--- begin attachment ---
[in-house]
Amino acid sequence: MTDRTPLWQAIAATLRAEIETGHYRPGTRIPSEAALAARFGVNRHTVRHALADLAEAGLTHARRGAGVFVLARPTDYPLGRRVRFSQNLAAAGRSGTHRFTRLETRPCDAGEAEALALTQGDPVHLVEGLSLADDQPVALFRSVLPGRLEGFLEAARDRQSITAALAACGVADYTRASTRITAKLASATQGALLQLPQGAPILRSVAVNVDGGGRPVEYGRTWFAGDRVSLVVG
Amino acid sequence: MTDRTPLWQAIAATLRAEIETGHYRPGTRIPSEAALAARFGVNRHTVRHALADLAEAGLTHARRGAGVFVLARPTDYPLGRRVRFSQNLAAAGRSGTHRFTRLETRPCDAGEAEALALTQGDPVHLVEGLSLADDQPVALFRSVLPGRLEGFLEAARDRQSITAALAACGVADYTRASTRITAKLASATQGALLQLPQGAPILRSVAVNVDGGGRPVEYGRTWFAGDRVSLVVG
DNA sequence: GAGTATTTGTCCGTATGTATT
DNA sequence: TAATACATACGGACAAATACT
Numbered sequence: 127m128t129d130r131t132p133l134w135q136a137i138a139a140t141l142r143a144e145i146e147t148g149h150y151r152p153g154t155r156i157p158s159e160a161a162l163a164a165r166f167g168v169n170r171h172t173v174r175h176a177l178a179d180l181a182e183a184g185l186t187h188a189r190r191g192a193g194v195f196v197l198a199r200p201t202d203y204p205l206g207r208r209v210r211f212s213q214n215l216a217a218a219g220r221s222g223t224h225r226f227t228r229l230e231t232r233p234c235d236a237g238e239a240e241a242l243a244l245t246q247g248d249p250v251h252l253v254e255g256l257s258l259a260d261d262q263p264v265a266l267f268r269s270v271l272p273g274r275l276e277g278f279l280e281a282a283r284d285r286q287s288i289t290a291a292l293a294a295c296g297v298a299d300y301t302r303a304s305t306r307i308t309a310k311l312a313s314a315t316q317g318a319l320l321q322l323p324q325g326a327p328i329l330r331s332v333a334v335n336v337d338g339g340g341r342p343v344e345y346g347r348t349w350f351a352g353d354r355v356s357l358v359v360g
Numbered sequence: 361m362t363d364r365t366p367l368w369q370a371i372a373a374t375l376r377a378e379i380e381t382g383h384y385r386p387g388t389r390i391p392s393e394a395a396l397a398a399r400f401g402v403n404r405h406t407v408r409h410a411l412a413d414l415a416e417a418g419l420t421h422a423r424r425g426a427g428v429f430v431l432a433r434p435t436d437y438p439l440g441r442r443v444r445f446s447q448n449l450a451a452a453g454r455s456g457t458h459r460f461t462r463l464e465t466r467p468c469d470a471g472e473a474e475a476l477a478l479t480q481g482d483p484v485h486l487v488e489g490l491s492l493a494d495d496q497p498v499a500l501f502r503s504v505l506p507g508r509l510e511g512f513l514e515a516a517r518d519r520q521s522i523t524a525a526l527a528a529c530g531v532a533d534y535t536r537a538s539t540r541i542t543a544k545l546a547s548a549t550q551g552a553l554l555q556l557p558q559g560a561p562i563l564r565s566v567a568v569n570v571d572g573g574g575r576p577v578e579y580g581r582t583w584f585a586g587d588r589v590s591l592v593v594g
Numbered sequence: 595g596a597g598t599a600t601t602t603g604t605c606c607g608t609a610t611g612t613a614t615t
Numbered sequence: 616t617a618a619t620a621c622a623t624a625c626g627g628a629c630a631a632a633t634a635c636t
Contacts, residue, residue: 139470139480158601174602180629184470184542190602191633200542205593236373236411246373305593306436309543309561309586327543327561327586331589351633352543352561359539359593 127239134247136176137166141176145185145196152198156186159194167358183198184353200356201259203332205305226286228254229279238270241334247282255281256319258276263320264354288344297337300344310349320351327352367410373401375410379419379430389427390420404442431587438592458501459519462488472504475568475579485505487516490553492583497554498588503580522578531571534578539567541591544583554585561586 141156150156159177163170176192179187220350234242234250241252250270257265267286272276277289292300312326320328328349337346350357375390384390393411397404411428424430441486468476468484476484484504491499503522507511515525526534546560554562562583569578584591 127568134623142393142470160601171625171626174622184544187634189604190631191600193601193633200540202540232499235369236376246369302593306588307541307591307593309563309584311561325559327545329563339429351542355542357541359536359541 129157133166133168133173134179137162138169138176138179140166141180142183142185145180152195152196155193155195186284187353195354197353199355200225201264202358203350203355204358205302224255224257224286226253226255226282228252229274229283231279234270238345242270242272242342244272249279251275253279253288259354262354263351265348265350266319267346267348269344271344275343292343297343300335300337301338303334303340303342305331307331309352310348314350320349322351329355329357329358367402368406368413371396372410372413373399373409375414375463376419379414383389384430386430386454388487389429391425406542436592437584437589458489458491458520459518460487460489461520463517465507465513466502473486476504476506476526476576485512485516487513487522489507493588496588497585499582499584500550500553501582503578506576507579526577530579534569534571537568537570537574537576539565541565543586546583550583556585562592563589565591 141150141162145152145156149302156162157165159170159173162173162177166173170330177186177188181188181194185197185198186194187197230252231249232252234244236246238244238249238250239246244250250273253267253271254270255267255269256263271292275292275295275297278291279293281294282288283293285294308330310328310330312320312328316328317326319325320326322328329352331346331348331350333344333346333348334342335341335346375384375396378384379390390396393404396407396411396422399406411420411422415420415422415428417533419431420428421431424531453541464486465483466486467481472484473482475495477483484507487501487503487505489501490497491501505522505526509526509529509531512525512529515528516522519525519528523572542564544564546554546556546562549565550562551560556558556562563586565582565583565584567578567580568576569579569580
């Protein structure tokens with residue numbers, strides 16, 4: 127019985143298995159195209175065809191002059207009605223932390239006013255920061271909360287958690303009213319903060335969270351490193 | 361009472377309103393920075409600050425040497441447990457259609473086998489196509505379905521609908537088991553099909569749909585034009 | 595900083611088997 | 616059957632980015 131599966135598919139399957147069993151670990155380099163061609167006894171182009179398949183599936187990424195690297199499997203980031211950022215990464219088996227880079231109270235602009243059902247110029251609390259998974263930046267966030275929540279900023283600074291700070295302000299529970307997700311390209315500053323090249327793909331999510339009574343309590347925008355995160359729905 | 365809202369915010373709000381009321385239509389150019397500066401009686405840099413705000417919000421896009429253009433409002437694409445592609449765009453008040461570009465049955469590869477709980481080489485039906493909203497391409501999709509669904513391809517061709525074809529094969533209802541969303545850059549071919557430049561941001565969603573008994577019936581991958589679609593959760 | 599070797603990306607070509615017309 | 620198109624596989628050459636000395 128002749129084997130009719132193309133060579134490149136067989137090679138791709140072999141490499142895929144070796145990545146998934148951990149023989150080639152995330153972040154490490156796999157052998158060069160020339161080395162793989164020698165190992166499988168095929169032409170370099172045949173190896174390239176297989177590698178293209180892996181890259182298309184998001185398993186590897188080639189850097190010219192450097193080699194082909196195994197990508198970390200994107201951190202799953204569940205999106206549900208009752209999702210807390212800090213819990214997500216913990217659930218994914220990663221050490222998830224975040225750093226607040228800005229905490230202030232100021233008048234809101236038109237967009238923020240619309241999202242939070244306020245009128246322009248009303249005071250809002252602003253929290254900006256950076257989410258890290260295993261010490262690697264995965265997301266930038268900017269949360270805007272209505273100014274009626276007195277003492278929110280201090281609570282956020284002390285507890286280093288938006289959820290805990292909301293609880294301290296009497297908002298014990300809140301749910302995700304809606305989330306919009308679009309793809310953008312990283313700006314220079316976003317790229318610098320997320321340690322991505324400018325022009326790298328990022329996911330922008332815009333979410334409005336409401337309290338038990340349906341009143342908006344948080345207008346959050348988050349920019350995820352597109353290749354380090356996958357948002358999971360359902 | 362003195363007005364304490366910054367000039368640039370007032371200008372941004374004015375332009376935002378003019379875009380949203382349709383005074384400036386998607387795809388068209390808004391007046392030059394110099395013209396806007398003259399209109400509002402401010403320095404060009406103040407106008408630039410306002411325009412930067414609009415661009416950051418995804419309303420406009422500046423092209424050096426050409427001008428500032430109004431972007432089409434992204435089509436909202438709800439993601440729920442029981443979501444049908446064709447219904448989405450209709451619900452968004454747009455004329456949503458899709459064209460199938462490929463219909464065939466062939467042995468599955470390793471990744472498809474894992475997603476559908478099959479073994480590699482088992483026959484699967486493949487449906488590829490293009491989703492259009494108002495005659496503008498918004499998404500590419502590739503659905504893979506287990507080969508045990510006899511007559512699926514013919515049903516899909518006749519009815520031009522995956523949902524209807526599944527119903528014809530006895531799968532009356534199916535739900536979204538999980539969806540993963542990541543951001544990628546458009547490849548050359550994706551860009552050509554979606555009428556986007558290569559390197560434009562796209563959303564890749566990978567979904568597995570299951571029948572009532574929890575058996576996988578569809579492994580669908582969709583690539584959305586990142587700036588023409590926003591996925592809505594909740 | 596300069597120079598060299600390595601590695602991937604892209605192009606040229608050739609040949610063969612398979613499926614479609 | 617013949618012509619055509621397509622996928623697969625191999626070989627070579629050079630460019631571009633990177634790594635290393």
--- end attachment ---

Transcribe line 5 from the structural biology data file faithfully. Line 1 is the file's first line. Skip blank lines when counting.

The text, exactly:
DNA sequence: TAATACATACGGACAAATACT